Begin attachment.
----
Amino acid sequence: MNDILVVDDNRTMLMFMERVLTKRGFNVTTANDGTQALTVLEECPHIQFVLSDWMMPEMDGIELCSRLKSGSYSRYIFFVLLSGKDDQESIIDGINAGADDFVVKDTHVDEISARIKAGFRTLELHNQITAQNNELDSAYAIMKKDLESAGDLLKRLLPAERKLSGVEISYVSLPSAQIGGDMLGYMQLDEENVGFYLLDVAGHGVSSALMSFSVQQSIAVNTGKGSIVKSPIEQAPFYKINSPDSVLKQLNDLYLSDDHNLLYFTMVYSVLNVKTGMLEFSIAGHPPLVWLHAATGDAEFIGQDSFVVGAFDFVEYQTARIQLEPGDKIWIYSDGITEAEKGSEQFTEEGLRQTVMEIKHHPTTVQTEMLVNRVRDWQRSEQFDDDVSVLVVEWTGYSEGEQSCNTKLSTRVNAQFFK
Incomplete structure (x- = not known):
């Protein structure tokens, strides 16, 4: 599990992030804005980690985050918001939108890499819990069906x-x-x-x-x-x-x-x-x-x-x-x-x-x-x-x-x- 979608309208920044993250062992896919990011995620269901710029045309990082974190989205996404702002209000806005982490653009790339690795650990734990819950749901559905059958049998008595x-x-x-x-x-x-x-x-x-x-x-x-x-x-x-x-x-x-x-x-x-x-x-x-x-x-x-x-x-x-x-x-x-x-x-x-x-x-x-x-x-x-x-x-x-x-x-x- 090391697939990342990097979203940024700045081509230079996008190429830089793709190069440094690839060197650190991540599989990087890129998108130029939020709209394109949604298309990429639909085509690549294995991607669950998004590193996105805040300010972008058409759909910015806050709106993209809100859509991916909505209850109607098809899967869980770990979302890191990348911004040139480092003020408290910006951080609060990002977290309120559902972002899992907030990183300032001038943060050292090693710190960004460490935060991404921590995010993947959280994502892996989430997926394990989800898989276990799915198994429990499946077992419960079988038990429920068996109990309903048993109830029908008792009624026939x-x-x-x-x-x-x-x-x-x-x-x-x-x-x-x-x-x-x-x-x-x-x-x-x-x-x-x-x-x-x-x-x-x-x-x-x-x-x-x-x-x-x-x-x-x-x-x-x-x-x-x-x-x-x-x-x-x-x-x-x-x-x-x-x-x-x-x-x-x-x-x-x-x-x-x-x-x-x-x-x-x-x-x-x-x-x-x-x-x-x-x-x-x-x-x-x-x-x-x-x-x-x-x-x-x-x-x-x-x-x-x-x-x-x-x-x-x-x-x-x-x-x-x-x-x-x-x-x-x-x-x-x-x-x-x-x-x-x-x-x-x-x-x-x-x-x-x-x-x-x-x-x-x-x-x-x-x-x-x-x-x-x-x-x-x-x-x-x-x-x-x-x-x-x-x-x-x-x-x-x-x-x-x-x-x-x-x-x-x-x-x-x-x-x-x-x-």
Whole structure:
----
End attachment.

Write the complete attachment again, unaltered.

Amino acid sequence: MNDILVVDDNRTMLMFMERVLTKRGFNVTTANDGTQALTVLEECPHIQFVLSDWMMPEMDGIELCSRLKSGSYSRYIFFVLLSGKDDQESIIDGINAGADDFVVKDTHVDEISARIKAGFRTLELHNQITAQNNELDSAYAIMKKDLESAGDLLKRLLPAERKLSGVEISYVSLPSAQIGGDMLGYMQLDEENVGFYLLDVAGHGVSSALMSFSVQQSIAVNTGKGSIVKSPIEQAPFYKINSPDSVLKQLNDLYLSDDHNLLYFTMVYSVLNVKTGMLEFSIAGHPPLVWLHAATGDAEFIGQDSFVVGAFDFVEYQTARIQLEPGDKIWIYSDGITEAEKGSEQFTEEGLRQTVMEIKHHPTTVQTEMLVNRVRDWQRSEQFDDDVSVLVVEWTGYSEGEQSCNTKLSTRVNAQFFK
Incomplete structure (x- = not known):
């Protein structure tokens, strides 16, 4: 599990992030804005980690985050918001939108890499819990069906x-x-x-x-x-x-x-x-x-x-x-x-x-x-x-x-x- 979608309208920044993250062992896919990011995620269901710029045309990082974190989205996404702002209000806005982490653009790339690795650990734990819950749901559905059958049998008595x-x-x-x-x-x-x-x-x-x-x-x-x-x-x-x-x-x-x-x-x-x-x-x-x-x-x-x-x-x-x-x-x-x-x-x-x-x-x-x-x-x-x-x-x-x-x-x- 090391697939990342990097979203940024700045081509230079996008190429830089793709190069440094690839060197650190991540599989990087890129998108130029939020709209394109949604298309990429639909085509690549294995991607669950998004590193996105805040300010972008058409759909910015806050709106993209809100859509991916909505209850109607098809899967869980770990979302890191990348911004040139480092003020408290910006951080609060990002977290309120559902972002899992907030990183300032001038943060050292090693710190960004460490935060991404921590995010993947959280994502892996989430997926394990989800898989276990799915198994429990499946077992419960079988038990429920068996109990309903048993109830029908008792009624026939x-x-x-x-x-x-x-x-x-x-x-x-x-x-x-x-x-x-x-x-x-x-x-x-x-x-x-x-x-x-x-x-x-x-x-x-x-x-x-x-x-x-x-x-x-x-x-x-x-x-x-x-x-x-x-x-x-x-x-x-x-x-x-x-x-x-x-x-x-x-x-x-x-x-x-x-x-x-x-x-x-x-x-x-x-x-x-x-x-x-x-x-x-x-x-x-x-x-x-x-x-x-x-x-x-x-x-x-x-x-x-x-x-x-x-x-x-x-x-x-x-x-x-x-x-x-x-x-x-x-x-x-x-x-x-x-x-x-x-x-x-x-x-x-x-x-x-x-x-x-x-x-x-x-x-x-x-x-x-x-x-x-x-x-x-x-x-x-x-x-x-x-x-x-x-x-x-x-x-x-x-x-x-x-x-x-x-x-x-x-x-x-x-x-x-x-x-």
Whole structure: